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Chapter 12


Fixations prominent conflicts and concerns focused on wishes from a particular period
Anal Stage stage occurring roughly around ages 2 or 3, which is characterized by conflicts with parents over compliance and defiance
Regression reverting to conflicts of models of managing emotions characteristics of an earlier particular stage
Identification making another person apart of ones self by imitating that persons behavior; accepting his/her values
Oedipus Complex in freudian theory, process that occurs, where child desire an exclusive, sensual/sexual relationship with the opposite sex parent
Structural Model Freuds model of conflict between desires and the dictates of conscience or the constraints of reality, which possess three sets of mental forces: id, ego, superego
Id the reservoir of sexual and aggressive energy. It is characterized by primary process thinking
Primary Process Thinking when ideas connect in peoples mind through related ideas, its wishful and unrealistic
Structural Model Freuds model of conflict between desires and the dictates of conscience or the constraints of reality, which possess three sets of mental forces: id, ego, superego
Superego acts as conscience and source of ideas
Ego balances desire, reality, and mortality
Defense Mechanisms unconscious mental processes aimed at protecting a person from experiencing unpleasant emotions
Repression DM, where painful emotions are kept from conscious awareness
Denial DM, person refuses to acknowledge realities or emotions
Projection DM, when a person turns unacceptable feelings on others around them
Reaction Formation DM when a person turns unacceptable feelings into their opposite
Sublimation DM, involves converting sexual or aggressive impulses into socially acceptable activities
Rationalization DM, involves explaining away actions in a seemingly logical way to avoid uncomfortable feelings
Passive Aggression indirect expression of anger towards others
Object Relations Theories propose the need for relatedness is a central motive in humans and that people will distort their personalities to maintain ties to important people in their lives
Projective Tests a personality assessment method in which subjects are confronted with ambiguous stimulus and asked to define it in some way
What do Projective Tests assume? assumes that when people are faced with unstructured stimulus, they will project their true thoughts and emotions
Herman Rorschach created the Rorschach inkblot test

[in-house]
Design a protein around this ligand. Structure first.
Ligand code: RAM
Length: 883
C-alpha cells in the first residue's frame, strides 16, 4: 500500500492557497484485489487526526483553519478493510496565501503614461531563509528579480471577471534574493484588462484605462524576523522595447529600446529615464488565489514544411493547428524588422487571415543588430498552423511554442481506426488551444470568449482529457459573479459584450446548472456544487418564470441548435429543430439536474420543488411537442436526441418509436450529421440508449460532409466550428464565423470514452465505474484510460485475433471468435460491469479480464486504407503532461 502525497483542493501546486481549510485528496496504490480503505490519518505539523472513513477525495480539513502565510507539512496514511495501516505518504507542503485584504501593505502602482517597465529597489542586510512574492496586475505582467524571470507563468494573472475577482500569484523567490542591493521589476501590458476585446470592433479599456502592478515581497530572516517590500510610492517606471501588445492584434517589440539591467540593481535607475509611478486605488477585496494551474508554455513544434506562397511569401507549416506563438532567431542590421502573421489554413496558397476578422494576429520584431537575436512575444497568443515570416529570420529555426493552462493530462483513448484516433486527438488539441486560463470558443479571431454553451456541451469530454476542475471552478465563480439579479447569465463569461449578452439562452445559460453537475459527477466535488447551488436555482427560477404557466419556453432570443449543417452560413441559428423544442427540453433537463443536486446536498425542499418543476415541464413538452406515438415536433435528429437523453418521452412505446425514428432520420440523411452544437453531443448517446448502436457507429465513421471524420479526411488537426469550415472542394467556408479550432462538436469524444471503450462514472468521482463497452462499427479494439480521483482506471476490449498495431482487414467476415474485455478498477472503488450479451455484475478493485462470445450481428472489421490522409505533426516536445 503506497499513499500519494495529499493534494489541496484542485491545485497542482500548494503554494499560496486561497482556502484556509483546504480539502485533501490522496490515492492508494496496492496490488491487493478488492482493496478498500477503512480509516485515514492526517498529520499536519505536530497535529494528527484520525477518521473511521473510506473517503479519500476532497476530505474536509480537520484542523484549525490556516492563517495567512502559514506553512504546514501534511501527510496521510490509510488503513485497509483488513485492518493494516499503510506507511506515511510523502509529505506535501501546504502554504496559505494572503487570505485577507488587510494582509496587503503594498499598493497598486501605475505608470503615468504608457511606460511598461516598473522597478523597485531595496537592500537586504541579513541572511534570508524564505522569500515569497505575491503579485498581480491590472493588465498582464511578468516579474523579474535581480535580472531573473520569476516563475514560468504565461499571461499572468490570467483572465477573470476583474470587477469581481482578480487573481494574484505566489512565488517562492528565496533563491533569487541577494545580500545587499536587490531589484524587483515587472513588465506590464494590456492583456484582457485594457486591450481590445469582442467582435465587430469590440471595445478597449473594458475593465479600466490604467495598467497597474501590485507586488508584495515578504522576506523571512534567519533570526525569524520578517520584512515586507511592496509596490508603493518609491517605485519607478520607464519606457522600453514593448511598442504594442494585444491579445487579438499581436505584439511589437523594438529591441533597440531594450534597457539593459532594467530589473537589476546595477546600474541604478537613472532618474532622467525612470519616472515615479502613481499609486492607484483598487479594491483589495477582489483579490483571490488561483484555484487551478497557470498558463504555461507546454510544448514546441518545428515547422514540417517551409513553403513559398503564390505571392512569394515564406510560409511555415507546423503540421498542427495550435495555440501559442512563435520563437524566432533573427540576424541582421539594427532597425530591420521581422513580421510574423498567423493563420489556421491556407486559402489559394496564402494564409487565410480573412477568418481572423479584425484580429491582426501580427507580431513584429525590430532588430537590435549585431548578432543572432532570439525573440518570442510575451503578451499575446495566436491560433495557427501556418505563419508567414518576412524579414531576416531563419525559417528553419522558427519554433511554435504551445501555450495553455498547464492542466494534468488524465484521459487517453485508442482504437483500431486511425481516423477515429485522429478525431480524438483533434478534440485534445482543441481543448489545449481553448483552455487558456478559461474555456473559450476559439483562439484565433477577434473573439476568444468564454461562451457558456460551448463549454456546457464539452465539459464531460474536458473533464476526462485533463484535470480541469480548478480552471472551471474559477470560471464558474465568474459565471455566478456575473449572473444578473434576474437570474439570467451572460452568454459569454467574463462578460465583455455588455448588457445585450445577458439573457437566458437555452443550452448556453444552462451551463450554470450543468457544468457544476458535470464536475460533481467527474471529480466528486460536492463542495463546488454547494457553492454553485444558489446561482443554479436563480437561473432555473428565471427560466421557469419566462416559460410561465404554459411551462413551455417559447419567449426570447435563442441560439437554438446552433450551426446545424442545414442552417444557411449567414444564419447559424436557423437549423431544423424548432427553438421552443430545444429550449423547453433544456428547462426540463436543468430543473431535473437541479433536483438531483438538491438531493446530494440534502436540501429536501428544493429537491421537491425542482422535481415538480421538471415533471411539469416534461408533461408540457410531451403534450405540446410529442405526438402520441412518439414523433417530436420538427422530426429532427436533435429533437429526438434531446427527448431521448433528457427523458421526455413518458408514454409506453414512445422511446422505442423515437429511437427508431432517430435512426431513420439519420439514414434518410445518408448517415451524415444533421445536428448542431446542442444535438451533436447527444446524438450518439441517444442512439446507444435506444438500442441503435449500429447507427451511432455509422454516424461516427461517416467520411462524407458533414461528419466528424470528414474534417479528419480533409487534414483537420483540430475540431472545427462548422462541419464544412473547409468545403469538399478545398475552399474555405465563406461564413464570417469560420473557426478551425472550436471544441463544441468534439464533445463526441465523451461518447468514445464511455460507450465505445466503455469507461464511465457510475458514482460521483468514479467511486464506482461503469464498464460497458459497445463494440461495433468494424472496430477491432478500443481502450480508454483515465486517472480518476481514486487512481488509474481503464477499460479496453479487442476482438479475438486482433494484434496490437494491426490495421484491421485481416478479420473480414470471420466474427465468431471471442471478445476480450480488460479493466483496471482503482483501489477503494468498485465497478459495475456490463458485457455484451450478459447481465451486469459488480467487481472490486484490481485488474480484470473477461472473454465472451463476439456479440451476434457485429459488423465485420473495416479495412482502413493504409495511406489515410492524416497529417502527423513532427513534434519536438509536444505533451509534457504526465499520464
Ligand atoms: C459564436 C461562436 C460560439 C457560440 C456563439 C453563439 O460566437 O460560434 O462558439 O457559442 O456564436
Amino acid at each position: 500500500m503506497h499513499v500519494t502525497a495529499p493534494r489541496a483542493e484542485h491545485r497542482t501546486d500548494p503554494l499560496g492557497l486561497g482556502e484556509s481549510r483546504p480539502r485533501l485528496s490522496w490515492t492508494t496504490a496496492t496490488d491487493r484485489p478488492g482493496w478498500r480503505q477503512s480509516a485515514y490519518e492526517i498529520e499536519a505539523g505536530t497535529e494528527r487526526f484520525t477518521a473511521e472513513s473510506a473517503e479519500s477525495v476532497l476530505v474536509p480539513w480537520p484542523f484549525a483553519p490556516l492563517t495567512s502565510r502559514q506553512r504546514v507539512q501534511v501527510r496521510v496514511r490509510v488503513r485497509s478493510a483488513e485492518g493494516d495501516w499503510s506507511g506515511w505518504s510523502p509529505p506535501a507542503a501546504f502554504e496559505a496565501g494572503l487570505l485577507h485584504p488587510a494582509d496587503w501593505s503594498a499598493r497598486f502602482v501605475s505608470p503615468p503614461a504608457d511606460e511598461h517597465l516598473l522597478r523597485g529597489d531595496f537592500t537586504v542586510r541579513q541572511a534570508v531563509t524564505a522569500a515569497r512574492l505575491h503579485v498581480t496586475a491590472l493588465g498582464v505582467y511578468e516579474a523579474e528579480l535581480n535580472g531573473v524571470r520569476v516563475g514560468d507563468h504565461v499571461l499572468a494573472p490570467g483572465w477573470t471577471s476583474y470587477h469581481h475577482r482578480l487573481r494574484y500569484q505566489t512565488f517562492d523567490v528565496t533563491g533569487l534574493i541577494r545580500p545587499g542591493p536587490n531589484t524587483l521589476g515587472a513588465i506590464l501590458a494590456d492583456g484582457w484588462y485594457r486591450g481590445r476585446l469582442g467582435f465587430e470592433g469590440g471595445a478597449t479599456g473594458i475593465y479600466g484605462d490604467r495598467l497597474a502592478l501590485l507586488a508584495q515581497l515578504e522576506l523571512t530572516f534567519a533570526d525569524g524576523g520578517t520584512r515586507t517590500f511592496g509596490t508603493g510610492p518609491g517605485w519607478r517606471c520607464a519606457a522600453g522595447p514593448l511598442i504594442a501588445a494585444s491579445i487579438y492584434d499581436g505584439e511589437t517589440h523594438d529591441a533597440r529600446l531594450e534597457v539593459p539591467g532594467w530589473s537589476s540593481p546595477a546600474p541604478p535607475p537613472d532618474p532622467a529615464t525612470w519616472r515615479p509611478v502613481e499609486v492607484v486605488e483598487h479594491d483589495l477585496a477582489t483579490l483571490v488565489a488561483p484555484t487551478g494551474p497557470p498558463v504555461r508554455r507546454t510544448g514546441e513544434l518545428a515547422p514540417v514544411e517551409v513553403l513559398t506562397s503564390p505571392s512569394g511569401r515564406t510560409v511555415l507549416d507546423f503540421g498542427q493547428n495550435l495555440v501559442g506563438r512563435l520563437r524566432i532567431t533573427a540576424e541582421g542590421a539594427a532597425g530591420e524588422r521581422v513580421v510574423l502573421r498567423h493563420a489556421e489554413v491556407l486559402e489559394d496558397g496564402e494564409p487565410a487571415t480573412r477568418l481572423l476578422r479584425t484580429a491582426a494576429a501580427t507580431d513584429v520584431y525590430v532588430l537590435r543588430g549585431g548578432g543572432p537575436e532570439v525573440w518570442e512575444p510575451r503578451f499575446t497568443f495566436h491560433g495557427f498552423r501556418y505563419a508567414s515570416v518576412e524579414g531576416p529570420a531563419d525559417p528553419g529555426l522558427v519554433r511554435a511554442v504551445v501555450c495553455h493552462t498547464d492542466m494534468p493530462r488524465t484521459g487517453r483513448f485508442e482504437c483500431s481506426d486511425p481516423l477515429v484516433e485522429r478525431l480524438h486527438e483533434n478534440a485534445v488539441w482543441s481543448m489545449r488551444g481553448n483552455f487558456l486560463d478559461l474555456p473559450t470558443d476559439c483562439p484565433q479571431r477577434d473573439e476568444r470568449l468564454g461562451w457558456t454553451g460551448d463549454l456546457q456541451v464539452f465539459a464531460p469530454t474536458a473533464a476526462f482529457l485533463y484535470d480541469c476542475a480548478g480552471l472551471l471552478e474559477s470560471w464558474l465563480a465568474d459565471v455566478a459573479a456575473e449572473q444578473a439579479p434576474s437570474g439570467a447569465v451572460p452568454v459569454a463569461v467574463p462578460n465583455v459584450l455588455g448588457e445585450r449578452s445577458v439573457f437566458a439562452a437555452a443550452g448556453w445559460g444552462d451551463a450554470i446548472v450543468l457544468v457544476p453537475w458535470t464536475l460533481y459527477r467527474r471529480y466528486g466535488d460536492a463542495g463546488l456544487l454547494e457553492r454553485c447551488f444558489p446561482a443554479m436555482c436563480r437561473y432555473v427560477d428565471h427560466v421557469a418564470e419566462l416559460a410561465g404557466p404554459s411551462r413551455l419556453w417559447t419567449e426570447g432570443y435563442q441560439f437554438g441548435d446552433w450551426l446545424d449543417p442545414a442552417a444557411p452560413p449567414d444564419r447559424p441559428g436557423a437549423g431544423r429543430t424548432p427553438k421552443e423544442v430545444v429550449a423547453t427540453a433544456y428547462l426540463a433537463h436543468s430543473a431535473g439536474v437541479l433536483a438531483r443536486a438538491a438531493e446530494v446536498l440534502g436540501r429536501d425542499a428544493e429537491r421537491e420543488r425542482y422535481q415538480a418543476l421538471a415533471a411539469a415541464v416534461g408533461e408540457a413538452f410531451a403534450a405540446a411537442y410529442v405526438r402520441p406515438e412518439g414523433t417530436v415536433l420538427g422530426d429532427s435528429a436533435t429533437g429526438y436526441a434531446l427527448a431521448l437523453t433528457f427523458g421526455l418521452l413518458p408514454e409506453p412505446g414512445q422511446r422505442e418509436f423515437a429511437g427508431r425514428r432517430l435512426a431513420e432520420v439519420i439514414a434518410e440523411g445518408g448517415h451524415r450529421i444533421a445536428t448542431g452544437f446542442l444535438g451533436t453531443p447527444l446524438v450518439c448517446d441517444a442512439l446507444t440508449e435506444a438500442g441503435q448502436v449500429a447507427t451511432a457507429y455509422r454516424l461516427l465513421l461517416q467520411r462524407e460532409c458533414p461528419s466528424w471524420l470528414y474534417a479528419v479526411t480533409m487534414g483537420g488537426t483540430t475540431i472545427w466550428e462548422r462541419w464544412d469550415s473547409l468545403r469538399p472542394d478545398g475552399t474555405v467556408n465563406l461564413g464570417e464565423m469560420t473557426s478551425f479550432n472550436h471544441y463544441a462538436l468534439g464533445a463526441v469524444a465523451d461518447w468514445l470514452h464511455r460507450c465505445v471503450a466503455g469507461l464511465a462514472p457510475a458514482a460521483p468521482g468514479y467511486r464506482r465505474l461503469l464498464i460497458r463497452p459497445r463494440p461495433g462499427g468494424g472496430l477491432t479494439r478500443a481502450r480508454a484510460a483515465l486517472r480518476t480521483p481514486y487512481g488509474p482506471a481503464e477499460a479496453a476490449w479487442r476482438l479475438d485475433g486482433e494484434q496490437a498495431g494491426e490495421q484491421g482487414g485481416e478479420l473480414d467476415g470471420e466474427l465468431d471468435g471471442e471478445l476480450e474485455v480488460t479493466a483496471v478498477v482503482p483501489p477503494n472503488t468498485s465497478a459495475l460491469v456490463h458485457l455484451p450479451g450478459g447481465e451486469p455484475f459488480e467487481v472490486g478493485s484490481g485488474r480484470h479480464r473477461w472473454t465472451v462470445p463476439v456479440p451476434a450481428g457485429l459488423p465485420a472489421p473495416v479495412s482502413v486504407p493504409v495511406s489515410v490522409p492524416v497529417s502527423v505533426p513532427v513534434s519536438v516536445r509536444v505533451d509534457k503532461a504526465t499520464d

Rorschach inkblot test a projective personality test in which a subject views a set of inkblots and tells the tester what it looks like
Contributors and Limitations of Psychodynamic Theories 1. Unconscious cognitive, emotional, and motivational processes, 2. Ambivalence, conflict, and compromise, 3. Child hood experiences, 4. Mental representations of self, 5.Development of the capacity to regulate impulses
Cognitive-Social Theories personality reflects a constant interplay between environmental demands and the way the individual processes information about the self and the world
Behavior-outcome expectancies beliefs that a certain behavior will lead to a particular outcome
Self-efficacy expectancies a person’s convictions that he or she can perform the actions necessary to produce an intended behavior
Self Regulation setting goals, evaluation of one’s own performance and adjusting ones behaviors flexibly to achieve those goals in the context of ongoing feedback
Cognitive social theories over estimate what? emotionality and rationality
Traits emotional, cognitive, and behavioral tendencies that constitute underlying dimensions of personality on which individuals vary
Five Factor Model a trait theory which asserts that personality consists of five traits; openness to experience, conscientiousness, extraversion, agreeableness, and neuroticism
Walter Mischel discovered considerable evidence of the inconsistency of peoples behavior across situations and showed that most personality tests had only modest correlations with behaviors in the real world
Person-by-situation interactions process by which some personality dispositions are activated only by certain circumstances
Carl Rogers believed that humans are basically good but that their personalities become distorted by interpersonal experiences, especially in childhood
Phenomenal Experiences the way individuals experience reality and experience themselves and their world
What is the fundamental tool of psychology? empathy
What did Carl Rogers Propose? that the primary motivation in humans is an actualizing tendency
Actualizing Tendency a desire to fulfill the full range of needs that humans experience
Existentialism focuses on each individuals subjective existence
Contributions and Limitations of Humanistic Theories most important is a humans need to know the meaning of live
Two limitations of humanistic theories 1. It doesn’t offer a comprehensive theory of personality in the same way that psychodynamic and cognitive social theories do. 2. Its not reliable
Created by: hcharen